Cragmama "Not all who wander are lost…" JRR Tolkien

(Spry) Look, it’s Winter!

What do you do when climbing season goes straight from summer to winter?  Give up on the New River Gorge and follow the sun!  After yet another forecast of cold drizzle in Fayetteville, WV a couple of weekends ago, I got the green light from CragDaddy to make my own climbing plans.  A lot going on for him at work plus a minor knee injury meant his motivation was pretty low.  To take full advantage of flying solo, I decided to put out some feelers to see if anyone would be up for joining me at an area that is impossible to take the kids to – Hanging Chain at Rumbling Bald.  The hike is long, with the last half being a steep bushwhack straight up the side of the mountain, and the base is rocky with no good kid-hangout spots.  There are plenty of rocks and slabs to scramble around on, with fall potentials that ricochet back and forth down the gully and into the valley.  Needless to say, not the most kid-friendly combo.  

Photo: Bryan Miller

So anyway, I actually got multiple takers, one for each day.  Our objective was Spry Look, an old Porter Jarrard sandbag that would see far more action if it wasn’t guarded by such an obnoxious approach to a south-facing crag that is only climbable during the winter (and subsequently the shortest amount of daylight.)  The Day 1 strategy was for a dawn patrol start, so we could be at the parking lot right when it opened.  Amazingly enough, we torched the hike in just under an hour.  However, all minutes saved on the hike were made up for with me hanging draws…it wasn’t pretty. 

The first 40 feet is sort of an approach pitch to the real action – easy (5.7?) and protected by gear and a bolt.  The only crux of this opening bit is treading lightly around a giant hollow flake.  After the bolt you will arrive at a pedestal on which you can stand and place a bomber cam under a bulge.  Pulling the bulge will bring you to a stance at the base of a seam leading into a sea of endless bolts to the top of the cliff.

Here’s where the fun begins.  The rest of the climbing feels like a giant V3 (perhaps sprinkled with a side of V4?) boulder problem that goes on for 9 bolts.  Nothing really that hard, but also nothing really that easy.  If you like crimps, none of the holds are terrible…but none of them are particularly helpful for slowing the rapidly increasing pump clock.  Also a spicy finish that is more than runout enough to make you want to hesitate, which you can’t afford to do if you’re redlining.  

The first section climbs a technical seam that is easy to do inefficiently enough that you’ll regret it later.  Upon exiting the seam, you are rewarded with a good crimp rail…but no feet.  Some high-stepping through a sea of half pad crimps will bring you to a large, but slightly sloping flat hold (from now on referred to as “Biggie Flatz”).  From there, most of the holds are at least a full pad, but the moves between them get long, and the final move involves a pretty committing pop to a good knob that is always further back than I’m expecting it to be.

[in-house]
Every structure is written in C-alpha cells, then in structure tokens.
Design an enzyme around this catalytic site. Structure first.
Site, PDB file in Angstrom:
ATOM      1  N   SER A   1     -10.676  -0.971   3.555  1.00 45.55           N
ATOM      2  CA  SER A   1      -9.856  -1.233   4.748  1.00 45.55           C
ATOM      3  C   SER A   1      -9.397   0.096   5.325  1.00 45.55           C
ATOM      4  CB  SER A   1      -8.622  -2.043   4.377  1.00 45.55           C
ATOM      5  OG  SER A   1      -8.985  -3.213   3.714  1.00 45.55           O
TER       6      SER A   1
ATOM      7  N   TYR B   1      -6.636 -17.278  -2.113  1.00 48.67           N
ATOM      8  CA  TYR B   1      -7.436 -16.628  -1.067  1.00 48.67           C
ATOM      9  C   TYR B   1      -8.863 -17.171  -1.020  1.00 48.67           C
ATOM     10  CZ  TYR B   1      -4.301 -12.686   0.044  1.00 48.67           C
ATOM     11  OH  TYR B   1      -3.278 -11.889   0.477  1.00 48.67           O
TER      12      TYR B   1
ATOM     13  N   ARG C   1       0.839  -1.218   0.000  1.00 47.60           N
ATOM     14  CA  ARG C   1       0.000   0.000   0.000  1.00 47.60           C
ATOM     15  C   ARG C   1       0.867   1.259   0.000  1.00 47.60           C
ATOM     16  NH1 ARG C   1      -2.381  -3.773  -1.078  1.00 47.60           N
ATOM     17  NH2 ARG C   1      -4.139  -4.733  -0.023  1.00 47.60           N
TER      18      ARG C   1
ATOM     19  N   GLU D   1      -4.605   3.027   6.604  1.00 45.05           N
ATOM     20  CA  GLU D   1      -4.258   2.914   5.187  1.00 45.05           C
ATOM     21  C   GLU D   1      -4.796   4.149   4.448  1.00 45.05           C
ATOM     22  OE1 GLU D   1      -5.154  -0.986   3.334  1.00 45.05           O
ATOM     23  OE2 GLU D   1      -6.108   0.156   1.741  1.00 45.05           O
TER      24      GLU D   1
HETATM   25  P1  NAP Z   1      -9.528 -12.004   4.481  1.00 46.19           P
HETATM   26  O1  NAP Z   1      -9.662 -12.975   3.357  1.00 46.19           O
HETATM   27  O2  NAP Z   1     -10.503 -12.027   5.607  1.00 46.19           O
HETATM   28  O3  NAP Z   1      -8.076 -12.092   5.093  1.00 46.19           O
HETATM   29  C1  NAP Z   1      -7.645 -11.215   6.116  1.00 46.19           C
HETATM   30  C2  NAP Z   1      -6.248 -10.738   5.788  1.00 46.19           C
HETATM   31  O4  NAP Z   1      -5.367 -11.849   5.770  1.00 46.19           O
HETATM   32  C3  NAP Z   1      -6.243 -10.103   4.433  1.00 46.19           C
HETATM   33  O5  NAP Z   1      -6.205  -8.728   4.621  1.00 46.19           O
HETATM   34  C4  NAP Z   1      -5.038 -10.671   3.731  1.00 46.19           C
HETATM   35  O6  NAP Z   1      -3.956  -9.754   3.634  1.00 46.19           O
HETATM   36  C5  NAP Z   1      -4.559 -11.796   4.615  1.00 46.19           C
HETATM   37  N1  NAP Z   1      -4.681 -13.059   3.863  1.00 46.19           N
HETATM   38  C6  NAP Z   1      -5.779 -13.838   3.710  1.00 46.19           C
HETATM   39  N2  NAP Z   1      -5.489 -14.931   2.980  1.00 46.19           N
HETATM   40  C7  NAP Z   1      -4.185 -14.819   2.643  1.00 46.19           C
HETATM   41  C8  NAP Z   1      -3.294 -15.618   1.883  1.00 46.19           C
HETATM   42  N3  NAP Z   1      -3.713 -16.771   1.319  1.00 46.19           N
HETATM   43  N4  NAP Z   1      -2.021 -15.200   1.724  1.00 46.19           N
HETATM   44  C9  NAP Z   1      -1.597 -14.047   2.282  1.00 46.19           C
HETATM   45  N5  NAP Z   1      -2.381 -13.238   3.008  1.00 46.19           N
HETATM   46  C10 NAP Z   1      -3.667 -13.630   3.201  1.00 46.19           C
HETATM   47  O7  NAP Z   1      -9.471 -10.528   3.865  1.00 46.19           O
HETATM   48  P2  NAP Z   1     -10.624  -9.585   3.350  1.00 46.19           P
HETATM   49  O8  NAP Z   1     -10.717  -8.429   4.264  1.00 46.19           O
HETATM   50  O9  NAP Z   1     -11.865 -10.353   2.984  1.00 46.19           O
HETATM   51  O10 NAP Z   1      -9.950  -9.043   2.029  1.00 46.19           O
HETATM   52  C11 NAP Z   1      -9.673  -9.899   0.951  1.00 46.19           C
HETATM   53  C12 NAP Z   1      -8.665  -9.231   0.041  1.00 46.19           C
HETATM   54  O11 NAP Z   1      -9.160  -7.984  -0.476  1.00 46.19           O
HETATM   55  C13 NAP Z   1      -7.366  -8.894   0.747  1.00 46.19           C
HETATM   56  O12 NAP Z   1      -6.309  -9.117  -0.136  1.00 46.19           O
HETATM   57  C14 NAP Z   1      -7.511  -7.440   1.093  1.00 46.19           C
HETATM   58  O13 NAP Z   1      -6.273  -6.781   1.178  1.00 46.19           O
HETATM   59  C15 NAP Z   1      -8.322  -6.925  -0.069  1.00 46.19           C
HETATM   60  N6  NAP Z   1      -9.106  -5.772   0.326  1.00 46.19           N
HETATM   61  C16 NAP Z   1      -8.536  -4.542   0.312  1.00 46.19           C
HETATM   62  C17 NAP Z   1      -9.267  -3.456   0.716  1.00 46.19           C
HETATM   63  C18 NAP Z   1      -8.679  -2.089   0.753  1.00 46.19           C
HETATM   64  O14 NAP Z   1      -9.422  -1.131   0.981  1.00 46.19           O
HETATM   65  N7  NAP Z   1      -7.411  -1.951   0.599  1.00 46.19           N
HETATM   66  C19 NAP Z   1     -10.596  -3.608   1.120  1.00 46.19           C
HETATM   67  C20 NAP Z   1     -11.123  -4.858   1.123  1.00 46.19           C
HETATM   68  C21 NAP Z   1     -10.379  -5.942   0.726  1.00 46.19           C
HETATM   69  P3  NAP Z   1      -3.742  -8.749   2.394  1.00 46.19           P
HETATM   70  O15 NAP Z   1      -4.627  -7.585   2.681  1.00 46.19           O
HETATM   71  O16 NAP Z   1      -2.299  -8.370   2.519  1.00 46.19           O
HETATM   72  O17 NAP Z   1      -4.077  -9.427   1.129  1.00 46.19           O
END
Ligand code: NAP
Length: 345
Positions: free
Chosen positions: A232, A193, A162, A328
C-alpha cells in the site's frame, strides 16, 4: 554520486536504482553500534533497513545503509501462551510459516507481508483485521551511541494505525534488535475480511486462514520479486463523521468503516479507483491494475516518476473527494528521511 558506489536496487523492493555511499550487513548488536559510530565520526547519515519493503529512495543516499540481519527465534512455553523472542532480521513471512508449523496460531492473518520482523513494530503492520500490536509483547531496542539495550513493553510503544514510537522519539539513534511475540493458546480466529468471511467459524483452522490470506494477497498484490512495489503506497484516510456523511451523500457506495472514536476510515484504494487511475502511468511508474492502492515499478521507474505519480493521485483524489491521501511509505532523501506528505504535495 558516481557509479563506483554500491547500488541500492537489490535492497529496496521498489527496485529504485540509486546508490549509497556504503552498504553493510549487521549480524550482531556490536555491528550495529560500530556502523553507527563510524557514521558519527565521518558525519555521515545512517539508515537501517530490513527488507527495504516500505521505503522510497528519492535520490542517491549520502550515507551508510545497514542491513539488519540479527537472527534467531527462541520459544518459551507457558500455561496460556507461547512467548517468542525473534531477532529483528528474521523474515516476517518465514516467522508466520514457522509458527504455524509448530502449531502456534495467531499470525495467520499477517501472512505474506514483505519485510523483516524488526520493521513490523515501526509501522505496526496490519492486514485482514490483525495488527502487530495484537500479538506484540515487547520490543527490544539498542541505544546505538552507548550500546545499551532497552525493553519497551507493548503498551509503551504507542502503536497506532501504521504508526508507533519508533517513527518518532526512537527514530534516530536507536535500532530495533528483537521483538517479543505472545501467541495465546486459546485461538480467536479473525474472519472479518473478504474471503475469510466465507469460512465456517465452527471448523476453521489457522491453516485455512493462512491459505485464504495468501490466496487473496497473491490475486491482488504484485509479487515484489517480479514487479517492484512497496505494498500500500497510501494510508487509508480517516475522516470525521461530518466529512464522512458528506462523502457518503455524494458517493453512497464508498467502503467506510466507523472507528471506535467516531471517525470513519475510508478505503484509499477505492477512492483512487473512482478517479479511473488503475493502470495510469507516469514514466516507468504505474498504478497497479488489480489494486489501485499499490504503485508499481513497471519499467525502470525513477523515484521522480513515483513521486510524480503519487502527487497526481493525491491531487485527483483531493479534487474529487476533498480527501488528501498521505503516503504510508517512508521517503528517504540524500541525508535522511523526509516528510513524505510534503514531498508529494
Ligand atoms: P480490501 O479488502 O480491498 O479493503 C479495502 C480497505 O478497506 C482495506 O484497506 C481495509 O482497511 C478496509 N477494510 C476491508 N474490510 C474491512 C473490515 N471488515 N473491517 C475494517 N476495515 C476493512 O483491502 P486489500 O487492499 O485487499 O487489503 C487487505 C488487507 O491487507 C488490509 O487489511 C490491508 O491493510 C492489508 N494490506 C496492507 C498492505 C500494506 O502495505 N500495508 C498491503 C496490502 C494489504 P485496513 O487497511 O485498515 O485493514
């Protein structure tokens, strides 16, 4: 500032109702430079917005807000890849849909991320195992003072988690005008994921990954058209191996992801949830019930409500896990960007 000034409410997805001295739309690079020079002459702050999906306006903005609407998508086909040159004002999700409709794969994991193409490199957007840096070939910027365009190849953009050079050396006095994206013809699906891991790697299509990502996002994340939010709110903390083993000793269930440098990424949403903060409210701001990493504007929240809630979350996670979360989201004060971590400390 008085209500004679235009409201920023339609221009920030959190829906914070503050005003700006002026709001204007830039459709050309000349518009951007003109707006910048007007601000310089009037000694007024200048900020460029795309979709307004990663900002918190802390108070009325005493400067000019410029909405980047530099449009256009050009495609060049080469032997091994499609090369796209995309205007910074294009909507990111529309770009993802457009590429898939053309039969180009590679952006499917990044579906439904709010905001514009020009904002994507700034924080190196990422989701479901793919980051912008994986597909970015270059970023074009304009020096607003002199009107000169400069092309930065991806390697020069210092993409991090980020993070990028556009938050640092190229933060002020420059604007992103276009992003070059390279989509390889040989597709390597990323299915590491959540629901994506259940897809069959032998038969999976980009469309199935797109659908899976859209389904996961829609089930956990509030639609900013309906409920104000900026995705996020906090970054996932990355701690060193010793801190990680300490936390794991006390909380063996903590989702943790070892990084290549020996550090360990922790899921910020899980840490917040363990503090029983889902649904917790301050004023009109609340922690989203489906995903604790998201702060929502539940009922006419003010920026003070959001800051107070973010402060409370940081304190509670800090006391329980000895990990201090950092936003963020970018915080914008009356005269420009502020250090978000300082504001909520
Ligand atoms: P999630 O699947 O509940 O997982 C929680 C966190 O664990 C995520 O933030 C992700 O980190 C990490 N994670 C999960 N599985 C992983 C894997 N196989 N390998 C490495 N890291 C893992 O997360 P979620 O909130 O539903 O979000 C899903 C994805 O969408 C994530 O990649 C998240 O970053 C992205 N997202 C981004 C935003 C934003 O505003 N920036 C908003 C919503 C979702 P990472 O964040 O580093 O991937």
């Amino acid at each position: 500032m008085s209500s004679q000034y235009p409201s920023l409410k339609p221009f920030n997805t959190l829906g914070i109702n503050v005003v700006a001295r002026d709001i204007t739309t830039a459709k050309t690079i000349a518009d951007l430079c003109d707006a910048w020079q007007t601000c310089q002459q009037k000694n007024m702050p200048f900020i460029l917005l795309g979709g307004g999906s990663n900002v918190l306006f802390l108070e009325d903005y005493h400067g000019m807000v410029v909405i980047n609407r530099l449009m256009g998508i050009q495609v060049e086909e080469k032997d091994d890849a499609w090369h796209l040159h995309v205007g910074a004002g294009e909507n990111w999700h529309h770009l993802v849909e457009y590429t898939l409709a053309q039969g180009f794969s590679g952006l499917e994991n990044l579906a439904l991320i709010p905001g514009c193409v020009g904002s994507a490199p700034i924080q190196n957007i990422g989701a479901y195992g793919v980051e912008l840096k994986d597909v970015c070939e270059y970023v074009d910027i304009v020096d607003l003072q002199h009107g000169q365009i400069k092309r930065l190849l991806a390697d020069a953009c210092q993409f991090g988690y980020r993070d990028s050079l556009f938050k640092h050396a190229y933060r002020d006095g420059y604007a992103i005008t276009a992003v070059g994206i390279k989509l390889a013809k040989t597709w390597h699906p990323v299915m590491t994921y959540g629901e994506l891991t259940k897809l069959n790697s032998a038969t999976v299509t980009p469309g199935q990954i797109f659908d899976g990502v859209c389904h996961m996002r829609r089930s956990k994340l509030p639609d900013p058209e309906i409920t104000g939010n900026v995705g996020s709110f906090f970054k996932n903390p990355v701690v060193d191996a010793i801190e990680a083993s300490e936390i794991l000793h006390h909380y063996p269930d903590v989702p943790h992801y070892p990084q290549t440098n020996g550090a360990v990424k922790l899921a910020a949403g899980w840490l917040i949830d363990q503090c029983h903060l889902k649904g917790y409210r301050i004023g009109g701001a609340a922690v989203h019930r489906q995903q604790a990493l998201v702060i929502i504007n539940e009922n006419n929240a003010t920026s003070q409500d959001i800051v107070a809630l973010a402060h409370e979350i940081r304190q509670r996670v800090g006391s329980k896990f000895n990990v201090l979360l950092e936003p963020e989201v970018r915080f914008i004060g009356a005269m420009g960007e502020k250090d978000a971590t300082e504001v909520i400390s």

Photo: Jaron Moss

After grabbing lots of quick draws and battling beastly rope drag (please sling the cam at the roof longer than you want to!!!) I finally made it to the top.  My next go went decidedly better.  I made it through the 4 bolts in the seam feeling pretty good…but then I hit the section with bad feet and all the gas ran out of my tank.  I then proceeded to go bolt to bolt the rest of the way up.  When my turn to climb came around again, I was still so exhausted and my tips were so raw that I opted to toprope, in case I needed to pull through any of the sections to get to the top.  By the end of Day 1 I was certain I wanted to send this rock climb, but had no idea if I had anywhere close to the fitness required to do it any time soon.

If I’m being completely honest, my psych wasn’t exactly high going into Day 2.  I felt wrecked after Day 1, and was not looking forward to enduring that hike again.  But Day 2 proved to be extremely profitable.  I didn’t send, but perhaps a send was closer than I originally thought.  I’d increased my previous high point by almost 2 bolts, linked the last couple of bolts, AND found better crux beta.  We managed to get down the most dangerous parts of the gully before night fell and we had to don our headlamps, and only got lost once (thanks to Paschal and Howie for redirecting us!)  

Photo: Bryan Miller

I spent all of the next week stalking the weather forecasts.  When it became obvious that most of Saturday at the NRG would be below freezing, once again my gracious hubby suggested I get back out to the Bald.  I hiked in on Saturday knowing that this would pretty much have to be the day, as I knew once the holiday craziness set in it would be difficult to 1) keep my fitness up, while 2) finding a good weather window that coincided with being able to climb sans kids.

My warm-up run on Day 3 was less than awe-inspiring.  For the first time ever I fell in the awkward bit just after the first bolt, more awkward now than before due to the fact that we had trundled an extremely loose basketball sized jug off the week before.  I then proceeded to fall after the seam, just like I usually do.  I hung on most the bolts after that, but once I clipped the chains, I lowered to bolt 7 and went from Biggie Flatz all the way to the top.  Granted that part was just on TR, but it felt good to link all that together, as well as get a glimpse of what the runout at the finish would feel like carrying some pump with me.  

Send captured by Jaron Moss